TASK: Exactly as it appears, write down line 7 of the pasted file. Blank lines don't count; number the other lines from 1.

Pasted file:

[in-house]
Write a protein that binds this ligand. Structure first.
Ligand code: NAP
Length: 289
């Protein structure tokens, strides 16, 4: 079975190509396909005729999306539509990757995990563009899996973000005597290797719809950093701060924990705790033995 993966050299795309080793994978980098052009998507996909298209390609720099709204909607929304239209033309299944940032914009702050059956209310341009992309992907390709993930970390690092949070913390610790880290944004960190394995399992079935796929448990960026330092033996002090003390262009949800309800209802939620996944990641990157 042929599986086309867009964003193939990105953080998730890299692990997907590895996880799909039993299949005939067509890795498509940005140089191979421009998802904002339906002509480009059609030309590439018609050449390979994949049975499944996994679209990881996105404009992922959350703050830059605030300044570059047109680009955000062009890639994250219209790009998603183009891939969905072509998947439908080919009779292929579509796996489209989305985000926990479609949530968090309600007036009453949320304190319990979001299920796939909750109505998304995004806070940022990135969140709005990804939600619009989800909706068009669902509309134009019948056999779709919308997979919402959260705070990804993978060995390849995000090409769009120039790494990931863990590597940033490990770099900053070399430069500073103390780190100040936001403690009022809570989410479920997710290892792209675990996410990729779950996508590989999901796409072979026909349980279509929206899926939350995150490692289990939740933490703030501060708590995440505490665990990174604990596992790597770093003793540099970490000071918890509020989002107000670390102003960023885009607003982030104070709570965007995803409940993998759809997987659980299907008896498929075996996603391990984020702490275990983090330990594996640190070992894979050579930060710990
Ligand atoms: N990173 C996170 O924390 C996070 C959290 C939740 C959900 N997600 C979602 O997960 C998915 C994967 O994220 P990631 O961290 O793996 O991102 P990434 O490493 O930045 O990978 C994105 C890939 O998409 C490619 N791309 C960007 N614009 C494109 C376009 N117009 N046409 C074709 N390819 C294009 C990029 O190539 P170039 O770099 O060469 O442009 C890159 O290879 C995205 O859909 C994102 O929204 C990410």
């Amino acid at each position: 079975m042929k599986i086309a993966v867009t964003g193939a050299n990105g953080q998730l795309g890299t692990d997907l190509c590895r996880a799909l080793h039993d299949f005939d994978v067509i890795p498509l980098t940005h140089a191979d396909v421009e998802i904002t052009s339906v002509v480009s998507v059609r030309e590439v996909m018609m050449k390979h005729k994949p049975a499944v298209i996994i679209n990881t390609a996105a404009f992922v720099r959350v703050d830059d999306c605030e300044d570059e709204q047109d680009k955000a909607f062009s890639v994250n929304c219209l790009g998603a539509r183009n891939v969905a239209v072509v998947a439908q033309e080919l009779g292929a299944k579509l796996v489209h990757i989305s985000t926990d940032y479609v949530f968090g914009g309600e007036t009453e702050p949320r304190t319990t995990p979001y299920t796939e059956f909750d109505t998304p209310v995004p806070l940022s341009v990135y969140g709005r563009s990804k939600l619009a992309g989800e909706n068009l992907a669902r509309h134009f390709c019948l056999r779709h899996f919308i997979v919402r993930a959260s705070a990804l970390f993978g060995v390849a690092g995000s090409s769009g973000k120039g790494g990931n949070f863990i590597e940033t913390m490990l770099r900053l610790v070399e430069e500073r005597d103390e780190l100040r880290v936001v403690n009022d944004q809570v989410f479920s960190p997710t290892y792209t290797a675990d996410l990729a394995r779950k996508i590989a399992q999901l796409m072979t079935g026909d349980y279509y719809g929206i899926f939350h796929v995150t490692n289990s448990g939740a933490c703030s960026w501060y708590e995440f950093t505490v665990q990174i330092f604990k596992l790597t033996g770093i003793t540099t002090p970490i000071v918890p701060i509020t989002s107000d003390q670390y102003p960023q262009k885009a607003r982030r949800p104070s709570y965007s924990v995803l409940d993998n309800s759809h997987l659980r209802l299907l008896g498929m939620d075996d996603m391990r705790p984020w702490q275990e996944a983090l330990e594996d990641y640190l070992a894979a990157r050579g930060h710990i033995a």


């Amino acid at each position: 079975m042929k599986i086309a993966v867009t964003g193939a050299n990105g953080q998730l795309g890299t692990d997907l190509c590895r996880a799909l080793h039993d299949f005939d994978v067509i890795p498509l980098t940005h140089a191979d396909v421009e998802i904002t052009s339906v002509v480009s998507v059609r030309e590439v996909m018609m050449k390979h005729k994949p049975a499944v298209i996994i679209n990881t390609a996105a404009f992922v720099r959350v703050d830059d999306c605030e300044d570059e709204q047109d680009k955000a909607f062009s890639v994250n929304c219209l790009g998603a539509r183009n891939v969905a239209v072509v998947a439908q033309e080919l009779g292929a299944k579509l796996v489209h990757i989305s985000t926990d940032y479609v949530f968090g914009g309600e007036t009453e702050p949320r304190t319990t995990p979001y299920t796939e059956f909750d109505t998304p209310v995004p806070l940022s341009v990135y969140g709005r563009s990804k939600l619009a992309g989800e909706n068009l992907a669902r509309h134009f390709c019948l056999r779709h899996f919308i997979v919402r993930a959260s705070a990804l970390f993978g060995v390849a690092g995000s090409s769009g973000k120039g790494g990931n949070f863990i590597e940033t913390m490990l770099r900053l610790v070399e430069e500073r005597d103390e780190l100040r880290v936001v403690n009022d944004q809570v989410f479920s960190p997710t290892y792209t290797a675990d996410l990729a394995r779950k996508i590989a399992q999901l796409m072979t079935g026909d349980y279509y719809g929206i899926f939350h796929v995150t490692n289990s448990g939740a933490c703030s960026w501060y708590e995440f950093t505490v665990q990174i330092f604990k596992l790597t033996g770093i003793t540099t002090p970490i000071v918890p701060i509020t989002s107000d003390q670390y102003p960023q262009k885009a607003r982030r949800p104070s709570y965007s924990v995803l409940d993998n309800s759809h997987l659980r209802l299907l008896g498929m939620d075996d996603m391990r705790p984020w702490q275990e996944a983090l330990e594996d990641y640190l070992a894979a990157r050579g930060h710990i033995a």